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Digest Waste Not, Want Not

Waste Not, Want Not

Waste Not, Want Not
By Malcolm Wood
November 26, 2013
Malcolm Wood reflects on the nose-to-tail philosophy that underscores the menu at both Blue Butcher and London's St John

0- St. JOHN Smithfield - Roast Bone Marrow & Parsley Salad (Patricia Niven).jpg -Photo by Patricia Niven

You can’t talk about nose-to-tail in fine dining without referencing Fergus Henderson or his acclaimed London restaurant St John; it remains, to date, one of my favourite restaurants in London and is well worth a visit. As Henderson says, don’t try offal because it’s morally important to eat the whole beast (although it’s a very good reason!) – try it because you’ll like it, try it because there is a set of delights, textural and flavoursome, that lie beyond the fillet. 

The global nose-to-tail trend refers to eating every part of an animal, not just the prized cuts. This is nothing new for many communities around the world, but is somehow lost in the post-war West who never wanted to go back to what was considered by some as impoverished eating. Living in Hong Kong, we encounter the ‘lesser cuts of meat’ more often than in most developed cities. Hong Kong didn't have supermarkets until the ‘70s. Not unlike in provincial Europe, one bought one’s food from the fishmonger, flowers from the florist, bread from the bakery and one went to the wet market to buy meat from the butcher.

Brisket, trotter, marrow and tail all feature heavily in Cantonese cuisine. Paying attention to the lower cuts and not being wasteful gives us a renewed interest in how to best prepare and use the animal to its fullest, most delicious potential. Of course, no one expects you to be able to prep and clean a pig’s head at home for a Tuesday night in front of the TV. And, while the bulk of us that identify in any way as a ‘foodie’ can afford the high-on-the-hog cuts, there are a lot of dishes that fall by the wayside.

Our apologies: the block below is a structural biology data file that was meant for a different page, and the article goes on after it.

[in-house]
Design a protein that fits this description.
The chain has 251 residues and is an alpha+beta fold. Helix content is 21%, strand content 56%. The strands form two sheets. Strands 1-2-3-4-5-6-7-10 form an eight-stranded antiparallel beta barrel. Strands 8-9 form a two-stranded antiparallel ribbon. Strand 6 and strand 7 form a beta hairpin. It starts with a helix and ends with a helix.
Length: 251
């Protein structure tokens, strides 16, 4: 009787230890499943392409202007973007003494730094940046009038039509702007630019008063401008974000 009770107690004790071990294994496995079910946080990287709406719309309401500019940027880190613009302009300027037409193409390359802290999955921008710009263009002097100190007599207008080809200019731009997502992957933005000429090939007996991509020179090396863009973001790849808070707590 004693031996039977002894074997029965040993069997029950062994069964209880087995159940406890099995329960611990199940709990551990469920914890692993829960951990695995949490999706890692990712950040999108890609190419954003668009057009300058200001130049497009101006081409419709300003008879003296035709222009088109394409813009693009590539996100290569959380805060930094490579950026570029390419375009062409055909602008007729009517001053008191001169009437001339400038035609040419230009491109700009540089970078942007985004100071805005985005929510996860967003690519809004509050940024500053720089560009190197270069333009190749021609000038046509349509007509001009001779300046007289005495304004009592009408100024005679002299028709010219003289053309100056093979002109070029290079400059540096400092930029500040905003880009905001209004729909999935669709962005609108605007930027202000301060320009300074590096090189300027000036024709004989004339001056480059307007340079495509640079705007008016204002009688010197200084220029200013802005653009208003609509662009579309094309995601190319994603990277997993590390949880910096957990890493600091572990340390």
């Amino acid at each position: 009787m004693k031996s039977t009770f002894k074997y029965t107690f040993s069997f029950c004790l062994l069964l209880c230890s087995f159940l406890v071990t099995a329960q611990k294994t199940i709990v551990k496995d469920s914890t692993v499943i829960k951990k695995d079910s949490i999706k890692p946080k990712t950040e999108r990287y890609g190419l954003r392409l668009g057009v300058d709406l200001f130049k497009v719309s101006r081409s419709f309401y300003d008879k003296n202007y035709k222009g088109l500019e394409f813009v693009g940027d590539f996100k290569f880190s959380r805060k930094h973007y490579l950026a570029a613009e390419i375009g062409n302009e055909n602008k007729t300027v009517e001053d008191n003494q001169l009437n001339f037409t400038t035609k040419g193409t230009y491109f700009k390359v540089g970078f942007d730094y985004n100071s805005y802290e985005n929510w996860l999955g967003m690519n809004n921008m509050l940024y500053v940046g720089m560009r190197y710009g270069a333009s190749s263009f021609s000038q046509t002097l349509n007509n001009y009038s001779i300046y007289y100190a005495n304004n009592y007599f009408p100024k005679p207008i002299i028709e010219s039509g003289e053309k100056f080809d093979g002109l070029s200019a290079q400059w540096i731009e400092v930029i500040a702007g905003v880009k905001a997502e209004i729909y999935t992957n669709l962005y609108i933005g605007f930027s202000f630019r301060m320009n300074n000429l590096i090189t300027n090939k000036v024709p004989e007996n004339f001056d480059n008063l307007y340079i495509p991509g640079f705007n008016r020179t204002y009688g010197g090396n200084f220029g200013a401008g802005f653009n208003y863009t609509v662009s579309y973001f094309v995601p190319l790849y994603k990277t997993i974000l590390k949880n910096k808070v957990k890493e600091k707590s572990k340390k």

Offal from poultry is a great way to get involved in nose-to-tail cooking. All of the parts are easy to handle and are packed with flavour. Duck, goose or chicken turned into terrines, confit or pâté is a great way to start experimenting that are not too time consuming. So while the waste-not-want-not attitude is a staple feature across Asia, there aren’t too many restaurants that focus on nose-to-tail as a culinary trend. Smith 49 in Bangkok or On Lot 10 here in Hong Kong are some of my favorite restaurants to experience an array of different nose-to-tail dishes by outstanding chefs.

At Blue Butcher we use a variety of beasts and cuts and bring them all together to give you a selection of dishes that we think encompass a set of sensual and textural dishes that are beyond being just a steak house. So in this way, you really get the most out of the beast and enjoy traditionally rejected cuts in a prime atmosphere.

Our chefs take 48 hours to prepare Blue Butcher’s pig’s head terrine. Slow poaching for such a length of time breaks down the meat, fat and skin allowing each element to cook together. Mixed with fresh herbs and caramelised sour apple, this time enables the flavours to come together to give it a melt in your mouth experience.

From the same beast and a hidden gem on our bar menu is the Blue Butcher pig’s neck nuggets.  The lean cut of the pigs neck is similar to pulled pork but with less of the fatty taste. These bite-sized pieces of pork are lightly fried then served up with my favourite smoked mustard. The nuggets make the perfect accompaniment to that third cocktail you ordered curb-side at our ground floor bar. 

I have always admired Fergus Henderson. He is, and always will be, the father of the reintroduction of offal in contemporary western cuisine. When The Whole Beast: Nose to Tail Eating came out, I was obsessed with the book. Someone had to stand up and do that. I look to Fergus a lot for direction and I am proud to have welcomed him at Blue Butcher this month and cooked a very special dinner with him for our faithful guests.


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